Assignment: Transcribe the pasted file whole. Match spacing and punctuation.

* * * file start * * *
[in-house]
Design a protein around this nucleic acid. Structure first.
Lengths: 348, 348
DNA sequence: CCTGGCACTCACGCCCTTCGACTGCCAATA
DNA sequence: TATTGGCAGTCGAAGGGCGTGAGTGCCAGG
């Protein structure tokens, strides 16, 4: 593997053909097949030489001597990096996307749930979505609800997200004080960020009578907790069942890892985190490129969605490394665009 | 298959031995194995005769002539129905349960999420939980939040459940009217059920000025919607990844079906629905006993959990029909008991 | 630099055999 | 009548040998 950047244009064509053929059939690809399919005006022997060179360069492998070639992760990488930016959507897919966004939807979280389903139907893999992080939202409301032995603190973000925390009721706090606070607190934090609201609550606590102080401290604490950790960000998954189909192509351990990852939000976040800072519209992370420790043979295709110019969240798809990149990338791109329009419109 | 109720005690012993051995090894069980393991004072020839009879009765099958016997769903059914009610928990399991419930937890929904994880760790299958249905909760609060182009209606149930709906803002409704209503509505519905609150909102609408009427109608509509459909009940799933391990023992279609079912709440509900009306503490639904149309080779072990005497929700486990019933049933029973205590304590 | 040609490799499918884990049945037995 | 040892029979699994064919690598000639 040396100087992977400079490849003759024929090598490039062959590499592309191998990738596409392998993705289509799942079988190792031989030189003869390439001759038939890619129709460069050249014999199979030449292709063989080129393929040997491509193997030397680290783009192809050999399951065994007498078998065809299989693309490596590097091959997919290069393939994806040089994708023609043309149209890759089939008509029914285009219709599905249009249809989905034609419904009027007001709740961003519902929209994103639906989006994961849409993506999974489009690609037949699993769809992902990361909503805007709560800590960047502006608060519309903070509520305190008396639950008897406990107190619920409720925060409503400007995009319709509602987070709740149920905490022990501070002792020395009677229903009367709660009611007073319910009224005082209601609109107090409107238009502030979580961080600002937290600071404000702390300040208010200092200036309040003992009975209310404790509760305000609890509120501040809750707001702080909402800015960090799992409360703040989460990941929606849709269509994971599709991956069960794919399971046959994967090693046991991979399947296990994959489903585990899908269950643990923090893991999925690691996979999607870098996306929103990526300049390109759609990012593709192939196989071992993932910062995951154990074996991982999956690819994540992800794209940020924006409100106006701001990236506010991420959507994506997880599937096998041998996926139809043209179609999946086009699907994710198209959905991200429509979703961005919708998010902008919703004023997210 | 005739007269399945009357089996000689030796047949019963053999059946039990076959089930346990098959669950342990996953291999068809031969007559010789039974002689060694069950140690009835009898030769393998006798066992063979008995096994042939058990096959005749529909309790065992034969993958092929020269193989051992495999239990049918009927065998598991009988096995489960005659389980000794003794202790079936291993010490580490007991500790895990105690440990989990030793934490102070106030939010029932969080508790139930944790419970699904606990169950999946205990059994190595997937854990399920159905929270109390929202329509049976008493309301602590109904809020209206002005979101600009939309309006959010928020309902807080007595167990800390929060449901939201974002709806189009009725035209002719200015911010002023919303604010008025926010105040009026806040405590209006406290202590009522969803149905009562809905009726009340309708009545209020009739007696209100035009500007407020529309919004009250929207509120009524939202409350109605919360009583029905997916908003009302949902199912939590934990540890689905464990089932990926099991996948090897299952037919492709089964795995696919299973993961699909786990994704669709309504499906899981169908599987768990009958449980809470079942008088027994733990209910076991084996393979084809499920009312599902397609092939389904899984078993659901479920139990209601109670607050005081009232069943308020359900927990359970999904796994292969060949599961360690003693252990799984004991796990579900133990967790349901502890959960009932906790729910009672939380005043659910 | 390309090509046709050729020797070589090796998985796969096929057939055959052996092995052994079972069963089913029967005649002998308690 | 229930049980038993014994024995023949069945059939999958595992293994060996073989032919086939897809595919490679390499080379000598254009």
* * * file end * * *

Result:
[in-house]
Design a protein around this nucleic acid. Structure first.
Lengths: 348, 348
DNA sequence: CCTGGCACTCACGCCCTTCGACTGCCAATA
DNA sequence: TATTGGCAGTCGAAGGGCGTGAGTGCCAGG
């Protein structure tokens, strides 16, 4: 593997053909097949030489001597990096996307749930979505609800997200004080960020009578907790069942890892985190490129969605490394665009 | 298959031995194995005769002539129905349960999420939980939040459940009217059920000025919607990844079906629905006993959990029909008991 | 630099055999 | 009548040998 950047244009064509053929059939690809399919005006022997060179360069492998070639992760990488930016959507897919966004939807979280389903139907893999992080939202409301032995603190973000925390009721706090606070607190934090609201609550606590102080401290604490950790960000998954189909192509351990990852939000976040800072519209992370420790043979295709110019969240798809990149990338791109329009419109 | 109720005690012993051995090894069980393991004072020839009879009765099958016997769903059914009610928990399991419930937890929904994880760790299958249905909760609060182009209606149930709906803002409704209503509505519905609150909102609408009427109608509509459909009940799933391990023992279609079912709440509900009306503490639904149309080779072990005497929700486990019933049933029973205590304590 | 040609490799499918884990049945037995 | 040892029979699994064919690598000639 040396100087992977400079490849003759024929090598490039062959590499592309191998990738596409392998993705289509799942079988190792031989030189003869390439001759038939890619129709460069050249014999199979030449292709063989080129393929040997491509193997030397680290783009192809050999399951065994007498078998065809299989693309490596590097091959997919290069393939994806040089994708023609043309149209890759089939008509029914285009219709599905249009249809989905034609419904009027007001709740961003519902929209994103639906989006994961849409993506999974489009690609037949699993769809992902990361909503805007709560800590960047502006608060519309903070509520305190008396639950008897406990107190619920409720925060409503400007995009319709509602987070709740149920905490022990501070002792020395009677229903009367709660009611007073319910009224005082209601609109107090409107238009502030979580961080600002937290600071404000702390300040208010200092200036309040003992009975209310404790509760305000609890509120501040809750707001702080909402800015960090799992409360703040989460990941929606849709269509994971599709991956069960794919399971046959994967090693046991991979399947296990994959489903585990899908269950643990923090893991999925690691996979999607870098996306929103990526300049390109759609990012593709192939196989071992993932910062995951154990074996991982999956690819994540992800794209940020924006409100106006701001990236506010991420959507994506997880599937096998041998996926139809043209179609999946086009699907994710198209959905991200429509979703961005919708998010902008919703004023997210 | 005739007269399945009357089996000689030796047949019963053999059946039990076959089930346990098959669950342990996953291999068809031969007559010789039974002689060694069950140690009835009898030769393998006798066992063979008995096994042939058990096959005749529909309790065992034969993958092929020269193989051992495999239990049918009927065998598991009988096995489960005659389980000794003794202790079936291993010490580490007991500790895990105690440990989990030793934490102070106030939010029932969080508790139930944790419970699904606990169950999946205990059994190595997937854990399920159905929270109390929202329509049976008493309301602590109904809020209206002005979101600009939309309006959010928020309902807080007595167990800390929060449901939201974002709806189009009725035209002719200015911010002023919303604010008025926010105040009026806040405590209006406290202590009522969803149905009562809905009726009340309708009545209020009739007696209100035009500007407020529309919004009250929207509120009524939202409350109605919360009583029905997916908003009302949902199912939590934990540890689905464990089932990926099991996948090897299952037919492709089964795995696919299973993961699909786990994704669709309504499906899981169908599987768990009958449980809470079942008088027994733990209910076991084996393979084809499920009312599902397609092939389904899984078993659901479920139990209601109670607050005081009232069943308020359900927990359970999904796994292969060949599961360690003693252990799984004991796990579900133990967790349901502890959960009932906790729910009672939380005043659910 | 390309090509046709050729020797070589090796998985796969096929057939055959052996092995052994079972069963089913029967005649002998308690 | 229930049980038993014994024995023949069945059939999958595992293994060996073989032919086939897809595919490679390499080379000598254009």